China, international law, and COVID-19 | Inquirer Opinion

China, international law, and COVID-19

04:20 AM March 22, 2020

There is mounting evidence, from whistleblowing doctors to official studies, that the Chinese government withheld from the world for weeks key information about the COVID-19 outbreak in Wuhan—until it was too late.

As early as Jan. 2, the Chinese government already knew that a new coronavirus was responsible for a treatment-resistant illness among a rising number of patients, and that it may be transmitted by humans. Yet it chose to keep that under wraps until Jan. 21, when it finally informed the World Health Organization of its true nature. That delay cost many countries time they needed to prevent the deadly contagion from spilling over into their own borders.


Under the law on state responsibility, China’s suppression of crucial information about COVID-19 is a violation of its international obligations under the 2005 International Health Regulations (IHR), a treaty established under the auspices of the WHO.

The treaty was drafted to help the international community combat the spread of infectious diseases. It applies to any illness “that presents or could present significant harm to humans,” or to any “public health emergency of international concern.” The latter refers to any “extraordinary event” that may pose a “public health risk to other States through the international spread of disease” and that may “potentially require a coordinated international response.”


Under Article 6 of the treaty, China — a member state — has the duty to inform the WHO about the viral outbreak within 24 hours of determining its nature. Article 7 also requires China, after notification, to continue to provide “timely, accurate and sufficiently detailed and available public health information” about it.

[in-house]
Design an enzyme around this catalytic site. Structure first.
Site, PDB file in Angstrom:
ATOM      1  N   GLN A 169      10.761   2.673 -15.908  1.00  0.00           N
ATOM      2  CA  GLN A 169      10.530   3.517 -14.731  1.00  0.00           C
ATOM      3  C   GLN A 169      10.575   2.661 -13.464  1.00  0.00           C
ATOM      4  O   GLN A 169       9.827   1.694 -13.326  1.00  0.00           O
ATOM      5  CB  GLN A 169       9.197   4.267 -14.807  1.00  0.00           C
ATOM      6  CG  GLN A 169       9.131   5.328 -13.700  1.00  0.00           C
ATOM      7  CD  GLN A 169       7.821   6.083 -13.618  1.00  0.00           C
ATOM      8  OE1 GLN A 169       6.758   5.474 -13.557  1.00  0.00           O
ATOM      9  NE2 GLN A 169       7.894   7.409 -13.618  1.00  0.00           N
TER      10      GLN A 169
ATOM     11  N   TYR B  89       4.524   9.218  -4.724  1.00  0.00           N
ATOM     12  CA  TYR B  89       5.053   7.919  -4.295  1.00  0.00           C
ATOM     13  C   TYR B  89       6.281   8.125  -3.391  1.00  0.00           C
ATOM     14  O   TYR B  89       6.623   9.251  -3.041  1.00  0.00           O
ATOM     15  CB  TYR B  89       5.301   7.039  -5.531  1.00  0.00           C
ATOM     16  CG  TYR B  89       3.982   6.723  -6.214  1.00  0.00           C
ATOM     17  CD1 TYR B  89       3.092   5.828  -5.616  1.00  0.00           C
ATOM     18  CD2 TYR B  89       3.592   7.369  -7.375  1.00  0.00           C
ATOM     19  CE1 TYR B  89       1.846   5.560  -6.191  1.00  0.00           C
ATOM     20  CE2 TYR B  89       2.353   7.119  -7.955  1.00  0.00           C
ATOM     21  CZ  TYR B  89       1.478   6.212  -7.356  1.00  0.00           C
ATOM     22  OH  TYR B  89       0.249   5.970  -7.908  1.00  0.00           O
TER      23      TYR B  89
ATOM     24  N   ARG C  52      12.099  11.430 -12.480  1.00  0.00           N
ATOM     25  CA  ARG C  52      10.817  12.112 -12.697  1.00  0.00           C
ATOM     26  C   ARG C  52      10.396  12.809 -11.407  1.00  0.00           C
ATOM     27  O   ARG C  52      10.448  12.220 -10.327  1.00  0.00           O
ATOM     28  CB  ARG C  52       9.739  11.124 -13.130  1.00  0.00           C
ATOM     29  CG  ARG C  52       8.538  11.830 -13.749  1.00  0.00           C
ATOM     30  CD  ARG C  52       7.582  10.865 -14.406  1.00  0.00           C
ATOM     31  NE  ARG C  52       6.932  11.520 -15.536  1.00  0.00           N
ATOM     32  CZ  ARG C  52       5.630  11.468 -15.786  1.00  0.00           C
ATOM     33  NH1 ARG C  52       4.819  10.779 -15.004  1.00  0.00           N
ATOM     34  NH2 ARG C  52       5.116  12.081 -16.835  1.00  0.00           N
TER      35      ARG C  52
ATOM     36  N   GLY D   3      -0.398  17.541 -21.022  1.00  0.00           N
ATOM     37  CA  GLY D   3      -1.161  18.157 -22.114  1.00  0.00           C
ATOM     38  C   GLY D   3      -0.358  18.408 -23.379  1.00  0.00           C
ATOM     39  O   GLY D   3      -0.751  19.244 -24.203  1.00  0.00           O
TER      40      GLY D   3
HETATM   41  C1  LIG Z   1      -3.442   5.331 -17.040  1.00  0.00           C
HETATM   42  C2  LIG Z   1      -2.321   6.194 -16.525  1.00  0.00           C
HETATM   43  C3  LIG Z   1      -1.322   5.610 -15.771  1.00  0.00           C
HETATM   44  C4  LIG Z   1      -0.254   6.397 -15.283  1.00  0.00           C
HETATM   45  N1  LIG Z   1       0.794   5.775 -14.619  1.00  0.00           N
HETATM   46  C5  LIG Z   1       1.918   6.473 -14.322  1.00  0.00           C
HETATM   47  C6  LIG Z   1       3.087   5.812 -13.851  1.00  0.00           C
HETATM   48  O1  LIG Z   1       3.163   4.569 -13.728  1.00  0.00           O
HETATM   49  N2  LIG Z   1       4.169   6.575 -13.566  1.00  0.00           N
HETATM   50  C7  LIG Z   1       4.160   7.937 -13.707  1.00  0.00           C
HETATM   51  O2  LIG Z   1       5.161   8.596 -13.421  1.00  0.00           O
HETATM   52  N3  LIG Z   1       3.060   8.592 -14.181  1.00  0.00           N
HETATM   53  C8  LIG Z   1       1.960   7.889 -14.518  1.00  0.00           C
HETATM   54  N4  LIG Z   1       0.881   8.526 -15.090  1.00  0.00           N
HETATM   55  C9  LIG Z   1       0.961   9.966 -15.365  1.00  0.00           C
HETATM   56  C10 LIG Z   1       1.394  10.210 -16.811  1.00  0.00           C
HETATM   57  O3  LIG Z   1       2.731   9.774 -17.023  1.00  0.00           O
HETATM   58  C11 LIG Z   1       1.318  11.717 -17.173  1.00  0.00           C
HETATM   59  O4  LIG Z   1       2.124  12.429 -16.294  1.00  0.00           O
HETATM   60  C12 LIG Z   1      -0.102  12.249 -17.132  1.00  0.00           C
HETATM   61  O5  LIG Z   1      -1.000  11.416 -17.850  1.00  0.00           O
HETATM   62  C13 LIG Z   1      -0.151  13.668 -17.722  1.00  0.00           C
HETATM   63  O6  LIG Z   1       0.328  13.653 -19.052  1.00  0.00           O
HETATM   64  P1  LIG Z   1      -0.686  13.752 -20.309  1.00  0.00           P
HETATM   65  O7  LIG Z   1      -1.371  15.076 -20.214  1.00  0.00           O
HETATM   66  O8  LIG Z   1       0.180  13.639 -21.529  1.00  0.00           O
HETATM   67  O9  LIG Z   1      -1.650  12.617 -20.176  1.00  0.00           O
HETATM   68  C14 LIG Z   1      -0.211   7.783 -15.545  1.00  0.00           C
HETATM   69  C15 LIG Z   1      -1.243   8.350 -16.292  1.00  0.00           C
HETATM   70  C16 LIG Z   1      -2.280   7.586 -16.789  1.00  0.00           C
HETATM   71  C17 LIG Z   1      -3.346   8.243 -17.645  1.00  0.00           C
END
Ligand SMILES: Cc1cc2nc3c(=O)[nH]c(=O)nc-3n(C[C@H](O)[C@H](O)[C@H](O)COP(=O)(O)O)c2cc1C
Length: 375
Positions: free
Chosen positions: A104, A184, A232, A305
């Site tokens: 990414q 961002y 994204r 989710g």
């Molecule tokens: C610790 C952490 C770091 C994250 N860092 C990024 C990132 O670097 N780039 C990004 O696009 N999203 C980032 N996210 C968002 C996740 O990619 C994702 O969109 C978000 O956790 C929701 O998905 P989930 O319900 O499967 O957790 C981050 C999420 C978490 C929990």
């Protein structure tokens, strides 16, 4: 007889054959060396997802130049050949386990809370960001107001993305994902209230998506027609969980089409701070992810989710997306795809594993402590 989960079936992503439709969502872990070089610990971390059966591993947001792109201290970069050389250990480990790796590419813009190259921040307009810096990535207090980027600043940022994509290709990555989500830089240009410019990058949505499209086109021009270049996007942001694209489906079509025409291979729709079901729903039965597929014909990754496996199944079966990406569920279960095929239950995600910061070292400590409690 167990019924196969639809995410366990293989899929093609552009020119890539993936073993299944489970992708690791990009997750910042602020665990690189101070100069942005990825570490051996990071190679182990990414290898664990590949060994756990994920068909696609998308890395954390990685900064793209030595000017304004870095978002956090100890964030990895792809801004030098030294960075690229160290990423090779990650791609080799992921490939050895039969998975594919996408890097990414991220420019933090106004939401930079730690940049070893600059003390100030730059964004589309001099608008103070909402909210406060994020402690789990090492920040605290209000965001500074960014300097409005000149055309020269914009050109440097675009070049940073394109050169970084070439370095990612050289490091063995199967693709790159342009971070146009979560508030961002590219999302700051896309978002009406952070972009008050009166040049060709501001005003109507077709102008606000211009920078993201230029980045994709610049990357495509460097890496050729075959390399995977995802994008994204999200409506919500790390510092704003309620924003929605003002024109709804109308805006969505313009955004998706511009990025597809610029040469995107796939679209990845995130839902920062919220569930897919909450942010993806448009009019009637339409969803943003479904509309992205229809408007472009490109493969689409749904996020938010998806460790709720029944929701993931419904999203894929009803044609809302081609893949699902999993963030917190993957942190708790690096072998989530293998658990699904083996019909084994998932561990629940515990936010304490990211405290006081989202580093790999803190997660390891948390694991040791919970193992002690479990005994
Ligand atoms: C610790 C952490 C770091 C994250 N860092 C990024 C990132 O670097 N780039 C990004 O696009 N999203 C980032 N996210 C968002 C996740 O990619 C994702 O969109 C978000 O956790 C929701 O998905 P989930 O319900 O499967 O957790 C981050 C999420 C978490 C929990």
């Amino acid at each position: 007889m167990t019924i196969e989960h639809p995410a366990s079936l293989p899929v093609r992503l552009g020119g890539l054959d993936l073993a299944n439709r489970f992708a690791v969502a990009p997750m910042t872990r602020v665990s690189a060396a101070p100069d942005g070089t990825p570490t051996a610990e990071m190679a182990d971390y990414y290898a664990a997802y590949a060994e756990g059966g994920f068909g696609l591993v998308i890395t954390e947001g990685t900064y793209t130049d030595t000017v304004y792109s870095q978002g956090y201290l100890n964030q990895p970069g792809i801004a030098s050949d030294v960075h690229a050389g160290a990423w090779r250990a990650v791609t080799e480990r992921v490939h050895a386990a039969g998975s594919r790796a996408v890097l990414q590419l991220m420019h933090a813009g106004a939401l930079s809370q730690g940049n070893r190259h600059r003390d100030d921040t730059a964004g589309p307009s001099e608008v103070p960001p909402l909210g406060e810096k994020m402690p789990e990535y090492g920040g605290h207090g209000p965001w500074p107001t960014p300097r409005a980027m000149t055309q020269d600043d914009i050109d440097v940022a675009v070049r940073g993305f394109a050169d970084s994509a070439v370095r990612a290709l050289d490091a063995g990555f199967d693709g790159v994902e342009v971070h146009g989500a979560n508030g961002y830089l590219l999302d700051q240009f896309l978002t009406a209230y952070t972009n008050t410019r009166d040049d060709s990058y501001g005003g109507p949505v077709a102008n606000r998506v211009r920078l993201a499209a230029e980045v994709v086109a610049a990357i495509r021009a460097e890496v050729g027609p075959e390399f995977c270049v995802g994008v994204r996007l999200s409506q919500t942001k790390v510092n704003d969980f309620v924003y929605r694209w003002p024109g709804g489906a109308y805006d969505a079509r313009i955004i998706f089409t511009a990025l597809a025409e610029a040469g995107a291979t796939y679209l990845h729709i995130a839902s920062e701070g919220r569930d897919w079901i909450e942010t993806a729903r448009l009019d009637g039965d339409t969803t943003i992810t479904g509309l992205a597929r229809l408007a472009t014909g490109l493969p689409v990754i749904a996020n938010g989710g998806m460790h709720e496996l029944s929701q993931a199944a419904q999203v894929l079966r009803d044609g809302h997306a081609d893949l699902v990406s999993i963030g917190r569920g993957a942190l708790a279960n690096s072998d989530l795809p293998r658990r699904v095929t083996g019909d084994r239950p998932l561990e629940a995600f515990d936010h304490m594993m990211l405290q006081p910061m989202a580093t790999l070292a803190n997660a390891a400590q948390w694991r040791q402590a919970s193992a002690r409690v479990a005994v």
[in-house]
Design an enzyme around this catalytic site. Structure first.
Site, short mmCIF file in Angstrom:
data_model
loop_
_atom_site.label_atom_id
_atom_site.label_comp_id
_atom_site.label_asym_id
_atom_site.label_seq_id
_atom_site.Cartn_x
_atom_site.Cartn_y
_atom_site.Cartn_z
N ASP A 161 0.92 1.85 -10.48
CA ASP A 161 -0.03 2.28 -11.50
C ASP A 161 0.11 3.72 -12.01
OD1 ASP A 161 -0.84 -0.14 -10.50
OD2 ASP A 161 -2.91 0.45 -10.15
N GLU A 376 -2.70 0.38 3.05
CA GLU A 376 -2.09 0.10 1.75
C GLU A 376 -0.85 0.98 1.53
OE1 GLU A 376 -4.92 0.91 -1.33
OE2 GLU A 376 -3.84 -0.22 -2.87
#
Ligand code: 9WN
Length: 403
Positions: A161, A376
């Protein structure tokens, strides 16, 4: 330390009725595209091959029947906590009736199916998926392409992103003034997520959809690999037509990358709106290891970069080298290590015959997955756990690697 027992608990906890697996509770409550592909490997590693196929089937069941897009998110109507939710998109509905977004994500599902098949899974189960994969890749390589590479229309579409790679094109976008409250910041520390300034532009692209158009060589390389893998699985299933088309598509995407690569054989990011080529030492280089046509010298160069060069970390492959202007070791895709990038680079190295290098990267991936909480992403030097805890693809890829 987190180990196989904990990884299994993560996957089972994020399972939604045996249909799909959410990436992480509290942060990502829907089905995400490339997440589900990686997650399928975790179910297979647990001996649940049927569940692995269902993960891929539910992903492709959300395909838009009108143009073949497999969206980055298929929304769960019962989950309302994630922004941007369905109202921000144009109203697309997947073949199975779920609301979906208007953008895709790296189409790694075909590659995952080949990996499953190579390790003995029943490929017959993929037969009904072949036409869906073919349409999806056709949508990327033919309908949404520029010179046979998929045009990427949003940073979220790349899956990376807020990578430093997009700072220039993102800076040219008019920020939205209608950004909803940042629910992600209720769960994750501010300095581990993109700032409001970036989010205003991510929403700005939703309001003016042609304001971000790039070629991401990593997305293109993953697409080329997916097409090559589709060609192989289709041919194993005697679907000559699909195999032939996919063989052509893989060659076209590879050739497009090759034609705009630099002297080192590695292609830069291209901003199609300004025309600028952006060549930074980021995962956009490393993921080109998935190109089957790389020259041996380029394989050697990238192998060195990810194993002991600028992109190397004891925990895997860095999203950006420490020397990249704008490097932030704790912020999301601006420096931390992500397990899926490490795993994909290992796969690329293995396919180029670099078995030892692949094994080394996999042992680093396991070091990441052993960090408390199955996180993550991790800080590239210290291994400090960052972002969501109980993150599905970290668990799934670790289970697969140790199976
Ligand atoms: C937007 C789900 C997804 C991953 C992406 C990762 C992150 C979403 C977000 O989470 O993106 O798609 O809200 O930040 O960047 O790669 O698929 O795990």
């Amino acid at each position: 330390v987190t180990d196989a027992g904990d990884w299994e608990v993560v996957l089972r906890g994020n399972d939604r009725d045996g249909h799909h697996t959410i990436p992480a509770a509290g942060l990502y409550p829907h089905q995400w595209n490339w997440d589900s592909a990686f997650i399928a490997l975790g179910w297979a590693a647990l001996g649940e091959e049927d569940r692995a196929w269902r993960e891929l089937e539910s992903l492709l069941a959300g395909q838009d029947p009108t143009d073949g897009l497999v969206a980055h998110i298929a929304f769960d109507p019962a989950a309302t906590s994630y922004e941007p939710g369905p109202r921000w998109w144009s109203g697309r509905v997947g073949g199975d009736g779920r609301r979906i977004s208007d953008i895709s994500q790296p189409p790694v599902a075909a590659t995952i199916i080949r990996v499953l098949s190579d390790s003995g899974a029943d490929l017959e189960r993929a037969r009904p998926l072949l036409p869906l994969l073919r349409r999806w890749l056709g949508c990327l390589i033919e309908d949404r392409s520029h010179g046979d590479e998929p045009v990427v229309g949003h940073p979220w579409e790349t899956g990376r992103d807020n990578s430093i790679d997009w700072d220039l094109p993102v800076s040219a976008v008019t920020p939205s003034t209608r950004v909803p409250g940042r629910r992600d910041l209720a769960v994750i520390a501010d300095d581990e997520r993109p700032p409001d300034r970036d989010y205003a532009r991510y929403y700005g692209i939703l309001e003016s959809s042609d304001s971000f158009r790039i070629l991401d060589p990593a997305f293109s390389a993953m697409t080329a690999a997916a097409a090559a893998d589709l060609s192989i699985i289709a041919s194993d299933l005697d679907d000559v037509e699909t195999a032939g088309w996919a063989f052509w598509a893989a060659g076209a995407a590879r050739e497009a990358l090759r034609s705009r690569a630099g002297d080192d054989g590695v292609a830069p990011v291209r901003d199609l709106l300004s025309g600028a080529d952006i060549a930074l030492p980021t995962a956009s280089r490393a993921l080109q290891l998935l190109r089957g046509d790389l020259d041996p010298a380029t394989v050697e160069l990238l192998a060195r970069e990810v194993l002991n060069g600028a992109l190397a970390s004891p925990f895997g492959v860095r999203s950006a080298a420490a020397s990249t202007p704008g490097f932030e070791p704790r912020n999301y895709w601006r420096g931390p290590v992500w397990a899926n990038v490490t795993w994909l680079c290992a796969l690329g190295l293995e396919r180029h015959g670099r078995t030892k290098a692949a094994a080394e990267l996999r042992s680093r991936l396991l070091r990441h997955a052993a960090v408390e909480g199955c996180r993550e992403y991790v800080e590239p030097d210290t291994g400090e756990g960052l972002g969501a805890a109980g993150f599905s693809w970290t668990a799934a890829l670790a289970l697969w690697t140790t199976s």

In the Corfu Channel case (1949), the International Court of Justice (ICJ) held that no state may “knowingly allow its territory to be used for acts contrary to the rights of other states.” China is duty-bound to ensure that individuals within its territory do not cause harm to the rights of other states. Moreover, where the harmful acts were committed by persons exercising public authority, the acts are attributable to the state.

China is responsible for its public officials who censored doctors about the virus—a repeat of its immediate response to the SARS epidemic in 2013, in which, in the words of the Smithsonian magazine, “Chinese apparatchiks initially tried to cover up the epidemic, creating a worldwide scandal.”

As it is, the COVID-19 pandemic has already spread to more than 157 countries and regions around the world, with at least 217,247 confirmed cases and 8,784 deaths, causing unprecedented disruptions in the economic, political, and social life of billions of people.

Whenever a state commits internationally unlawful conduct, it must pay reparations to the injured parties for the damage they suffered. Thus, China may be liable to pay reparations over its failure to promptly notify the WHO about the outbreak.

Reparations involve restitution, and where that is no longer possible, the offending state pays compensation “for loss sustained which would not be covered by restitution in kind or payment in place of it” (Chorzow Factory,1927). Such assessment of damages may also come with an award of satisfaction, or a formal apology and an assurance that its unlawful conduct will not be repeated (LaGrand Case, 2001).

A claim for damages requires a causal link between the alleged breach of an international obligation and the damage suffered by the injured states. Under the “sufficiently direct and certain causal nexus test” established by the ICJ in the Bosnian Genocide Case (2007), an injured state must establish from the case as a whole and with a sufficient degree of certainty that the pandemic would have been averted had China complied with its treaty obligations.


Article 56 of the IHR (2005) requires an injured state to first explore good offices, mediation, or conciliation, to settle any dispute involving treaty interpretation and application. Failing that, the parties may refer the dispute to the WHO director general.

Or, parties to the dispute may agree to compulsory arbitration. Which injured state will dare to be the first to hale mighty China to the arbitration court? To begin with, will China accept compulsory arbitration? Nevertheless, an injured state may make the necessary first step to claim reparations from China through good offices, mediation, or conciliation.

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Romel Regalado Bagares, is an alumnus of UP and the Vrije Universiteit Amsterdam.

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